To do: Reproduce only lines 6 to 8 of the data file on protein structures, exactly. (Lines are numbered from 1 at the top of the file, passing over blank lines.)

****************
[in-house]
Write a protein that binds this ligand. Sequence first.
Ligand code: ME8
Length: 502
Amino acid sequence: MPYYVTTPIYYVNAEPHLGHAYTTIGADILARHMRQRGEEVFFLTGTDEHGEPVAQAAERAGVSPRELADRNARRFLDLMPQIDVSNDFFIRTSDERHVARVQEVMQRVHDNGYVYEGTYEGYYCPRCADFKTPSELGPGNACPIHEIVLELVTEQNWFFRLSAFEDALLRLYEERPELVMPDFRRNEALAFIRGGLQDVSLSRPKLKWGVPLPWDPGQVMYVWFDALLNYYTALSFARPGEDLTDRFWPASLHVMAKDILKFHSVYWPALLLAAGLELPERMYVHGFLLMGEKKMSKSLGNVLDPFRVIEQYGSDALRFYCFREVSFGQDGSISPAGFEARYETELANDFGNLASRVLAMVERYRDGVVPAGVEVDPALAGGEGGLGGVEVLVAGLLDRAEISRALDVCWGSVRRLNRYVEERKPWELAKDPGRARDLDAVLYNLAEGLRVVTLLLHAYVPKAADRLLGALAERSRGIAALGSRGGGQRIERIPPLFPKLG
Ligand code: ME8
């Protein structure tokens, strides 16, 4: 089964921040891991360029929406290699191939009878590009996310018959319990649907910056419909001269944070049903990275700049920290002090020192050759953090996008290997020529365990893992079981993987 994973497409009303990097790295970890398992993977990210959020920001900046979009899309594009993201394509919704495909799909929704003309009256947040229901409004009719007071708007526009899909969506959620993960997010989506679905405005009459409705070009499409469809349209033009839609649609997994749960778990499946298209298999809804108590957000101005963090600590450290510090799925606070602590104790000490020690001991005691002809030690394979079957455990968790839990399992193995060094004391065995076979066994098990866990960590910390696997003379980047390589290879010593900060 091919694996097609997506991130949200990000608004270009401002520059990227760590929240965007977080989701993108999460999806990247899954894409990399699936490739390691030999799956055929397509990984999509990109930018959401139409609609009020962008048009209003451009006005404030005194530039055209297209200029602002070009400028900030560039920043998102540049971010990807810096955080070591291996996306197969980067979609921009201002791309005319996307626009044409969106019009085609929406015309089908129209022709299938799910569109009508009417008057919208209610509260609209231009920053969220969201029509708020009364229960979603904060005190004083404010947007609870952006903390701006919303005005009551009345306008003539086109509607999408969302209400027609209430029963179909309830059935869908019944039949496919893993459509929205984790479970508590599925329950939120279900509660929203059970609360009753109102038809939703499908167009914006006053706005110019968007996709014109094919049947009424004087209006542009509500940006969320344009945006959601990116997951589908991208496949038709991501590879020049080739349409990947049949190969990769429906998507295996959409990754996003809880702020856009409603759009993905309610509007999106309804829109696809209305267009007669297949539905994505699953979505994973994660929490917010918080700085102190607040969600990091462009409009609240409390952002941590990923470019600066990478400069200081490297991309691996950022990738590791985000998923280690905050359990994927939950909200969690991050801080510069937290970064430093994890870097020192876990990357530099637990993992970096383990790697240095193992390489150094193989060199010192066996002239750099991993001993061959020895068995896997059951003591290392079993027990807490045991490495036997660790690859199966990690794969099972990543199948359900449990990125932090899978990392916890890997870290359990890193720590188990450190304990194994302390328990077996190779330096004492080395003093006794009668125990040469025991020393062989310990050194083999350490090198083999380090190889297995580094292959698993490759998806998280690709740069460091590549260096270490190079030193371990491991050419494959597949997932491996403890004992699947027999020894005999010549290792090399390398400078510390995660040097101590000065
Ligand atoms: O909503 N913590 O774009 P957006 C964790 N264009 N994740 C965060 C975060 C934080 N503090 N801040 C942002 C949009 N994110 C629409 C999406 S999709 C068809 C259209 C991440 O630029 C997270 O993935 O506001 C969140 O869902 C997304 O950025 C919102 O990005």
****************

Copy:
Ligand code: ME8
């Protein structure tokens, strides 16, 4: 089964921040891991360029929406290699191939009878590009996310018959319990649907910056419909001269944070049903990275700049920290002090020192050759953090996008290997020529365990893992079981993987 994973497409009303990097790295970890398992993977990210959020920001900046979009899309594009993201394509919704495909799909929704003309009256947040229901409004009719007071708007526009899909969506959620993960997010989506679905405005009459409705070009499409469809349209033009839609649609997994749960778990499946298209298999809804108590957000101005963090600590450290510090799925606070602590104790000490020690001991005691002809030690394979079957455990968790839990399992193995060094004391065995076979066994098990866990960590910390696997003379980047390589290879010593900060 091919694996097609997506991130949200990000608004270009401002520059990227760590929240965007977080989701993108999460999806990247899954894409990399699936490739390691030999799956055929397509990984999509990109930018959401139409609609009020962008048009209003451009006005404030005194530039055209297209200029602002070009400028900030560039920043998102540049971010990807810096955080070591291996996306197969980067979609921009201002791309005319996307626009044409969106019009085609929406015309089908129209022709299938799910569109009508009417008057919208209610509260609209231009920053969220969201029509708020009364229960979603904060005190004083404010947007609870952006903390701006919303005005009551009345306008003539086109509607999408969302209400027609209430029963179909309830059935869908019944039949496919893993459509929205984790479970508590599925329950939120279900509660929203059970609360009753109102038809939703499908167009914006006053706005110019968007996709014109094919049947009424004087209006542009509500940006969320344009945006959601990116997951589908991208496949038709991501590879020049080739349409990947049949190969990769429906998507295996959409990754996003809880702020856009409603759009993905309610509007999106309804829109696809209305267009007669297949539905994505699953979505994973994660929490917010918080700085102190607040969600990091462009409009609240409390952002941590990923470019600066990478400069200081490297991309691996950022990738590791985000998923280690905050359990994927939950909200969690991050801080510069937290970064430093994890870097020192876990990357530099637990993992970096383990790697240095193992390489150094193989060199010192066996002239750099991993001993061959020895068995896997059951003591290392079993027990807490045991490495036997660790690859199966990690794969099972990543199948359900449990990125932090899978990392916890890997870290359990890193720590188990450190304990194994302390328990077996190779330096004492080395003093006794009668125990040469025991020393062989310990050194083999350490090198083999380090190889297995580094292959698993490759998806998280690709740069460091590549260096270490190079030193371990491991050419494959597949997932491996403890004992699947027999020894005999010549290792090399390398400078510390995660040097101590000065
Ligand atoms: O909503 N913590 O774009 P957006 C964790 N264009 N994740 C965060 C975060 C934080 N503090 N801040 C942002 C949009 N994110 C629409 C999406 S999709 C068809 C259209 C991440 O630029 C997270 O993935 O506001 C969140 O869902 C997304 O950025 C919102 O990005």